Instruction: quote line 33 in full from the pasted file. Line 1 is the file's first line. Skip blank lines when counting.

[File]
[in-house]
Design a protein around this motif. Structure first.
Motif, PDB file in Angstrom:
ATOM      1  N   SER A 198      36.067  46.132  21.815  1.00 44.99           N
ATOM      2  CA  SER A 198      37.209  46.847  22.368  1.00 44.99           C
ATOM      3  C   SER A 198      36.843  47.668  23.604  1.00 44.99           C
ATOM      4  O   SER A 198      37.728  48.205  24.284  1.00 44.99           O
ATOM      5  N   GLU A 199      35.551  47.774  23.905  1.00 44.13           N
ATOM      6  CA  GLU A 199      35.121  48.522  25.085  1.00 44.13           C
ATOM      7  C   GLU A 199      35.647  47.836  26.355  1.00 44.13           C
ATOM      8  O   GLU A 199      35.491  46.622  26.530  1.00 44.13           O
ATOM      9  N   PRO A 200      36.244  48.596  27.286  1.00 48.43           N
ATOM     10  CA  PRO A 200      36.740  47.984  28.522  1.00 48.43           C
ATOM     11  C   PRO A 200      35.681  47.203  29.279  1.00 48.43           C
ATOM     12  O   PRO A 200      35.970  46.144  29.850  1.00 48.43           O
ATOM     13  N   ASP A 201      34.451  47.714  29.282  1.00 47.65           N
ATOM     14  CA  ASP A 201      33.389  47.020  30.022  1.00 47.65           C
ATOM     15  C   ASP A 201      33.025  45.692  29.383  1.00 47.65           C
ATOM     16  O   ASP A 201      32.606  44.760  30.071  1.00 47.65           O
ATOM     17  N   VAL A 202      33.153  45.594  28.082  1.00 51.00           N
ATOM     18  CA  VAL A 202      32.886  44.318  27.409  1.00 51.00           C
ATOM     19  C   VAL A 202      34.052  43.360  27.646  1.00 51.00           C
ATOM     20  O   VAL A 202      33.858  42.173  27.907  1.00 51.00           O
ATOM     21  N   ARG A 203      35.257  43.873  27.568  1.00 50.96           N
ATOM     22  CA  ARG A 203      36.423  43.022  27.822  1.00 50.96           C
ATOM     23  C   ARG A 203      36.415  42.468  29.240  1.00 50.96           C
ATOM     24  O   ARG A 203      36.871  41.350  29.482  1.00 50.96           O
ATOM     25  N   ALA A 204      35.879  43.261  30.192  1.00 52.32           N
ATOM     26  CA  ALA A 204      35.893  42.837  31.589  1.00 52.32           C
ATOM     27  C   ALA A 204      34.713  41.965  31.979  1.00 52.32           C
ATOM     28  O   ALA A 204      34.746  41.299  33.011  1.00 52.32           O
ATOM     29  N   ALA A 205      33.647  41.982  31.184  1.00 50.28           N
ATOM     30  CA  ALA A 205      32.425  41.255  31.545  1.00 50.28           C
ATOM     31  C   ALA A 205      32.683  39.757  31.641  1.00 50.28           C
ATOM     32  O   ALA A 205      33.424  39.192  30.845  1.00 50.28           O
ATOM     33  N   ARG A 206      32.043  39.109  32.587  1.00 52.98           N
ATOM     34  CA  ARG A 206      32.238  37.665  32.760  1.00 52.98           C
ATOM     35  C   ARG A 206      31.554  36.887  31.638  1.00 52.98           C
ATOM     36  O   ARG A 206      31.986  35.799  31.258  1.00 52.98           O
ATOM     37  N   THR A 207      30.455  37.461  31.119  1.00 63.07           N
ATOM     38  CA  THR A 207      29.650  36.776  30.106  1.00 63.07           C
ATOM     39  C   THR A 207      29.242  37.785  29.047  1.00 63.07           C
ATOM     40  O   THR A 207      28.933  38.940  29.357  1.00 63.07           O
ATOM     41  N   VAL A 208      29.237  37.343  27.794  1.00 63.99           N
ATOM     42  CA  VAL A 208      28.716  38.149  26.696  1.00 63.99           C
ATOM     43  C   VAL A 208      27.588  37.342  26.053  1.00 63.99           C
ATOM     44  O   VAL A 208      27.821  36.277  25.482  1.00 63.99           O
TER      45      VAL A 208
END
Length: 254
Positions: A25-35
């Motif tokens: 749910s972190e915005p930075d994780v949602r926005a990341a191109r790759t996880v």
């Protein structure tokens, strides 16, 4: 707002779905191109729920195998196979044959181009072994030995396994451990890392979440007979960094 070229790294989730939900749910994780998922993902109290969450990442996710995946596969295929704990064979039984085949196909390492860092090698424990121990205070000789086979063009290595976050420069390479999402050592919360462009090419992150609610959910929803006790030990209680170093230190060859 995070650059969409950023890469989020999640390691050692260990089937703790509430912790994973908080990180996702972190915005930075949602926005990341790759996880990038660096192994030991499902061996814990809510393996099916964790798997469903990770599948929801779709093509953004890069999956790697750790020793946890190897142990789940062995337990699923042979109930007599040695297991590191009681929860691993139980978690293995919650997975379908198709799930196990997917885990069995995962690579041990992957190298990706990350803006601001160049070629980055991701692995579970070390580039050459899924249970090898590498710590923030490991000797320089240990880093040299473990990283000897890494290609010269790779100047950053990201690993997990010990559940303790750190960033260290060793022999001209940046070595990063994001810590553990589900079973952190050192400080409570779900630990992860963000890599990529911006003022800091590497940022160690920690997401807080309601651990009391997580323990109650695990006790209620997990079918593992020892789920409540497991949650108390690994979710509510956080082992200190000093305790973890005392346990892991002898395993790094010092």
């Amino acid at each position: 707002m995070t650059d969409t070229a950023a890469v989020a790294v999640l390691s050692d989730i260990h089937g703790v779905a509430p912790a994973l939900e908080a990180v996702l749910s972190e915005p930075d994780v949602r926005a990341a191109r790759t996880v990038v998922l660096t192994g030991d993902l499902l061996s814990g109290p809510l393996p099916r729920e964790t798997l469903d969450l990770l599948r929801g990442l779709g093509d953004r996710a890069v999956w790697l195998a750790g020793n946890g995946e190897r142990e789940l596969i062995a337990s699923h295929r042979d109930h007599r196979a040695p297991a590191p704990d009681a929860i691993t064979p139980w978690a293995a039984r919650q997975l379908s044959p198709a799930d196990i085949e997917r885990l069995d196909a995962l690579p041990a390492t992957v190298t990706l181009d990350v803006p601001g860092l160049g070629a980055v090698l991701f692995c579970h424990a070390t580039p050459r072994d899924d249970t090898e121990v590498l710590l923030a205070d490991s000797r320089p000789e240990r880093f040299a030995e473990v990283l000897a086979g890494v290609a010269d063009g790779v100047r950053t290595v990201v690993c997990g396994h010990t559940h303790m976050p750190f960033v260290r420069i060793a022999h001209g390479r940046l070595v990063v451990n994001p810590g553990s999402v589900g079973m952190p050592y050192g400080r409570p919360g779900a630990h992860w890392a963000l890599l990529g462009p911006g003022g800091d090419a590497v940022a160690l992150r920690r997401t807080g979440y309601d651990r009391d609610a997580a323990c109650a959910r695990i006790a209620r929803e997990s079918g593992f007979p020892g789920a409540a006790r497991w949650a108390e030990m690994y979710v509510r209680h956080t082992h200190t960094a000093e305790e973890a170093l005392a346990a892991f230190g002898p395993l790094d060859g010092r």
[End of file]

ATOM     30  CA  ALA A 205      32.425  41.255  31.545  1.00 50.28           C